Yesterday I was interviewed by a KING-5 reporter, Kim Holcomb, and which I had written about on my blog at this post. I had jokingly referred to taking on King Kong but only because the news segment was shown on KING-5 and KONG-6 last night.
The news story was about how the market here is changing just a bit to more of a stabilized market. At the beginning of the report a seller talks about it being a “buyer’s market” but I wouldn’t necessarily agree with him completely. We’ve still got room to move before that happens and if anything we’re more balanced than the past 5 years. The segment did run on both KING and KONG stations and, from what my business partner tells me, it is one of the most viewed and forwarded links from the KING-5 website today. Here is a link the actual news story about the Seattle real estate marketplace along with pieces of my interview.
It seems we’re (Team Reba) getting a lot of press lately. I was interviewed in July for a story on blogging for the RE/MAX Times back in July (released in September) and just last week I was interviewed for a real estate investment magazine which will be printed in the November/December time frame. Now, if I could just get the interviewers to pronounce my name correctly…. 🙂
Brian Brady asked: “Off topic but I wanted to ask you a question, Ardell. Has Seattle been a rising market from Feb, 2005 through today?”
It would have been a lot easier to answer if you hadn’t said February 2005 🙂 I could have just said yes. But I remember the day. It was June 15, 2005. I could feel it. I could taste it. I could smell it. The ground was swelling. You could put your ear on the ground and hear it coming! LOL I happened to be in a complex called Sixty-01, which has its own idiosyncrases that I won’t go into since you are out of State, Brian. But here’s some stats to prove my blood boiling was on target. Hindsight is easy. Feeling it coming is an artform. I’m using Sixty-01 because I was there that day and also because it has a lot of “same product”/apples to apples for straight appreciation comparisons. They are all practically identical 2 bedroom – 1.5 bath townhomes in the stats below.
07/09/03 – $100,000
11/24/03 – $ 95,000
08/12/04 – $128,950
08/24/04 – $129,500
02/18/05 – $128,950
05/03/05 – $123,000
06/20/05 – $131,450
07/07/05 – $127,000
All of those were in contract before June 15. On June 15th one came on market with an asking price of $137,950. I practically begged a poor woman to get an offer in within an hour of it hitting the market, to grab it at full price. I could feel it in my bones! The prices were going to move right now! She could get it at full price today! But she couldn’t get her brain around it. She wanted to make an offer based on the average of the comps at $127,000. I was beside myself. I knew getting that townhome at $137,950 on that first day was going to be the best move she ever made. But I couldn’t convince her. Five days later it bid out and sold at $148,000. And here’s what happened after that.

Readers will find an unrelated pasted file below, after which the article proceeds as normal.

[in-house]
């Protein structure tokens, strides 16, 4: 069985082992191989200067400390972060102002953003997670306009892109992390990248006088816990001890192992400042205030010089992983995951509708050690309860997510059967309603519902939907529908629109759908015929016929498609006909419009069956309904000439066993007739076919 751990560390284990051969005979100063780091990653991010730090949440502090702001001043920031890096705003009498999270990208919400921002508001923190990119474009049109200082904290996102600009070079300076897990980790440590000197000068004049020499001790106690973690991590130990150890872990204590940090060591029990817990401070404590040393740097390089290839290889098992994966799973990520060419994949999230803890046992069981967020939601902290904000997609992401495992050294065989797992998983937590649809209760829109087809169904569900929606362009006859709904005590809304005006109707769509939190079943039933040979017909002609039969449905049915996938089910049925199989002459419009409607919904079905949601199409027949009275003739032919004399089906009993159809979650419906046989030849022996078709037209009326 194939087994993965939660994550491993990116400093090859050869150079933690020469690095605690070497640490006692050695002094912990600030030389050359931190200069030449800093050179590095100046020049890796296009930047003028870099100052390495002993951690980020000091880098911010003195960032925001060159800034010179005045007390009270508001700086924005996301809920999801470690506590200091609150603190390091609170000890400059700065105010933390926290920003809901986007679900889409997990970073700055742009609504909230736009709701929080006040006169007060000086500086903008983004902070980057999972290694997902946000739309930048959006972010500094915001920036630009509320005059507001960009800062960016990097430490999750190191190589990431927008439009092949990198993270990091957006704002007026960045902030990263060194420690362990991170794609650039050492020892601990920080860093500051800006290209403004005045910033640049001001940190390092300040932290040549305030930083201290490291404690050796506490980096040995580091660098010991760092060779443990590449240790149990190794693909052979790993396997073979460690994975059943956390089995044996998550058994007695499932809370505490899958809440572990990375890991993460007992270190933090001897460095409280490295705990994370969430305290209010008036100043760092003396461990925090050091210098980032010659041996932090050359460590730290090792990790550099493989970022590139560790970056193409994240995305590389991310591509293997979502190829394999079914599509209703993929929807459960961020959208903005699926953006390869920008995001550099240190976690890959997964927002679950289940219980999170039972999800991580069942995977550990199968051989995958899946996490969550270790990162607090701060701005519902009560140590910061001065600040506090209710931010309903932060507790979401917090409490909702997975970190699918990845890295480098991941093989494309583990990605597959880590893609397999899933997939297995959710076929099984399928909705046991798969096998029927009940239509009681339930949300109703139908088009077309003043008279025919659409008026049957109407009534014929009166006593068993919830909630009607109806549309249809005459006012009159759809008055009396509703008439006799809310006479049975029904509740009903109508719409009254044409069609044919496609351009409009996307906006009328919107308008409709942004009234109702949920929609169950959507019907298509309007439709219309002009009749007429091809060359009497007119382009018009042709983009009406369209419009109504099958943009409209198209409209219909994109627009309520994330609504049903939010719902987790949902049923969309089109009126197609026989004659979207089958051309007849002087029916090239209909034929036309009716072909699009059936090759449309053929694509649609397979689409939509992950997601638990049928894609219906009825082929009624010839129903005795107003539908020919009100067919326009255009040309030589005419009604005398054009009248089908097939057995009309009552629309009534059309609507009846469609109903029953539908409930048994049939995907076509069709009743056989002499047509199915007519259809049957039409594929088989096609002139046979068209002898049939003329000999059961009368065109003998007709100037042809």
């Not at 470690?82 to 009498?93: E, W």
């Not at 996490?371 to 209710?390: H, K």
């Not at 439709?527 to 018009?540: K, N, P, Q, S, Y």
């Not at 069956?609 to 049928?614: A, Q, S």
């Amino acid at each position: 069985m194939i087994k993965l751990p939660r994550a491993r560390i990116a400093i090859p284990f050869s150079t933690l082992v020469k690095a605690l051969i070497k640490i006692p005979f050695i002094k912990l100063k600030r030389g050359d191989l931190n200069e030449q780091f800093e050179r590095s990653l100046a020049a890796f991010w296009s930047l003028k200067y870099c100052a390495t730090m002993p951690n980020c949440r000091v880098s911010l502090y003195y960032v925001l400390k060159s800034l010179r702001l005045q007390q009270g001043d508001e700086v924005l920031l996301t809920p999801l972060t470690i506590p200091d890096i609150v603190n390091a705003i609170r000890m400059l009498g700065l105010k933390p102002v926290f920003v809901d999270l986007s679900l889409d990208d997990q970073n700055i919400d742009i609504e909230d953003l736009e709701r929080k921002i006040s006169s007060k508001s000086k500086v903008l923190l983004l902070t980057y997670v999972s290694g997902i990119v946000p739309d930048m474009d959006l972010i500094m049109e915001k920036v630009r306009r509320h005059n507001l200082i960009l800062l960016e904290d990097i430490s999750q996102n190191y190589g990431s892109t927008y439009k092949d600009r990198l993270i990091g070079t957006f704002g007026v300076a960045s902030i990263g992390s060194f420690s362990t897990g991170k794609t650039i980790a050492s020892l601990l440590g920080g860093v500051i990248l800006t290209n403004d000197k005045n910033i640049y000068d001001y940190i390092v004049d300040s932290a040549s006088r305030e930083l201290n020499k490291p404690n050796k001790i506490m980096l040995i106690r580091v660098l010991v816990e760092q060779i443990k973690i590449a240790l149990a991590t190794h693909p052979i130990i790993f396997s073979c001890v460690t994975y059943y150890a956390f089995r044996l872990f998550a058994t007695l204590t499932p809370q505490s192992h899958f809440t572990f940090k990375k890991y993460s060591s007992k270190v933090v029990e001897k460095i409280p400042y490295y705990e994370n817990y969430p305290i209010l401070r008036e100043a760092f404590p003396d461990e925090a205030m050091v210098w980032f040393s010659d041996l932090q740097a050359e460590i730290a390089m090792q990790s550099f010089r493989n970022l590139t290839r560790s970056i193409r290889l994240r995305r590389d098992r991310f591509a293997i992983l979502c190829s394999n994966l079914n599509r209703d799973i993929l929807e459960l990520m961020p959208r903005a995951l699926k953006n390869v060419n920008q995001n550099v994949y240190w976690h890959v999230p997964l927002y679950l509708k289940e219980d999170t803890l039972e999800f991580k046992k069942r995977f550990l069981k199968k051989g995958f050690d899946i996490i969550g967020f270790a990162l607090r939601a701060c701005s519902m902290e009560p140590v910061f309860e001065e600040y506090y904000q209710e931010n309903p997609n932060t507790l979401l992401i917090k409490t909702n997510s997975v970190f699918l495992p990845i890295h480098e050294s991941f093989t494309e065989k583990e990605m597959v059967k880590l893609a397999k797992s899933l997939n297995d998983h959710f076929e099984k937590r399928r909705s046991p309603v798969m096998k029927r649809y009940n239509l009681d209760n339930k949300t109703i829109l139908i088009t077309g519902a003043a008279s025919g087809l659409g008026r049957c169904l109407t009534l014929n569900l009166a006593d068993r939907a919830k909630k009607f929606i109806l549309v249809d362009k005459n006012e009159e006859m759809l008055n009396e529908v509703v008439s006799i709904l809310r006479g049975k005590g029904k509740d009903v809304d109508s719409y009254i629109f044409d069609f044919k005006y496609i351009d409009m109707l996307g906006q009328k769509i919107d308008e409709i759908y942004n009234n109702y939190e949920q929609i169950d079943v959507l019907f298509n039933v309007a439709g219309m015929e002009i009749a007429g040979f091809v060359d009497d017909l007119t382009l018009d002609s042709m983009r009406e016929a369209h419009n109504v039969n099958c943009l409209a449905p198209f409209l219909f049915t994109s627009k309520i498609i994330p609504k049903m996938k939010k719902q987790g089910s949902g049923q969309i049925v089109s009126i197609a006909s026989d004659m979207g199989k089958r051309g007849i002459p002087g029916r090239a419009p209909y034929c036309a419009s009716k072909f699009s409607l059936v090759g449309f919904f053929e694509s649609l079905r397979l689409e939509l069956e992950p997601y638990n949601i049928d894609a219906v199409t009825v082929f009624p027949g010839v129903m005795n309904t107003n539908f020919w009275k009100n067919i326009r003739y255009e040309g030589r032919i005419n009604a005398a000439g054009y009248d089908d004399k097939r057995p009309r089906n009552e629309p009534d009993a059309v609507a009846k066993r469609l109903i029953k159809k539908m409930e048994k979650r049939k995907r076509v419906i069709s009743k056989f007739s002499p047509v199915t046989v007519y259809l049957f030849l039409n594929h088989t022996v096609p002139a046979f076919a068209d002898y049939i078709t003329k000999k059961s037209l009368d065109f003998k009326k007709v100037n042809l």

07/19/05 – $148,000
07/22/05 – $167,950
07/29/05 – $166,000
11/29/05 – $178,950
03/30/06 – $177,000
06/07/06 – $205,450 (list at $199,900)
07/11/06 – $205,000
08/25/06 – $227,500
09/13/06 – $235,000
11/01/06 – $245,000
01/17/07 – $252,500
New on Market $269,900
So Brian, rephrase the question and ask me if it has been going up since 6/15/05, and I can answer yes. February 05 through June 05, not as much. I’ll have to do a new townhome comparison in Ballard to confirm Eastside vs. Seattle proper. Hard to find “like kind” in Seattle as there are very few “like kind” comparisons except splits and townhomes. Many of the homes were built in the early 1900s through 1930, and are all unique structures with massive modifications since 1905. But I’m pretty sure the stats will be about the same. Kirkland Condos…same story but harder to find “like kind” these days as newer equals higher ceilings, so “like kind” harder to track.
Every New Year, my husband’s family makes a trip to Ocean Shores with most of his brothers and sisters and nieces and nephews. It is a tradition that we look forward to which includes as much bowl games you can cram into a weekend, razor clamming, go karts and I get to read the newspaper from front to back while everyone else in our hotel room is still sleeping.
I’d like to open this thread up to a conversation on the health of the Seattle market…
but there is a catch. I will not allow it to dissolve into a conversation about racism, liberals, RCG, or faith. If you’d like to have a reasonable intellectual conversation, you are more than welcome to participate. If you attack me, RCG, or any contributor, then I’ll happily delete your comment.
By the way, please consider this post the “anti-linkbating” post. Not only will I quickly delete any off topic comments, but more importantly, I will mark those comments as “spam”. That will allow me to ban your email, name, IP, etc. from the site after only a few off-topic comments.
Two days ago, Michael Lindekugel of Team Reba made a very interesting comment. No one ever challenged him on the merits of his argument, so I think it makes an appropriate starting point into a discussion on the health of the Seattle market:
It’s the hot topic at most cocktail parties. Is Seattle going to experience a bubble and burst? The short answer is no…..the long answer follows:
We experienced a busy market with a shortage of supply and increasing demand resulting in four or five offers and short “Days On Market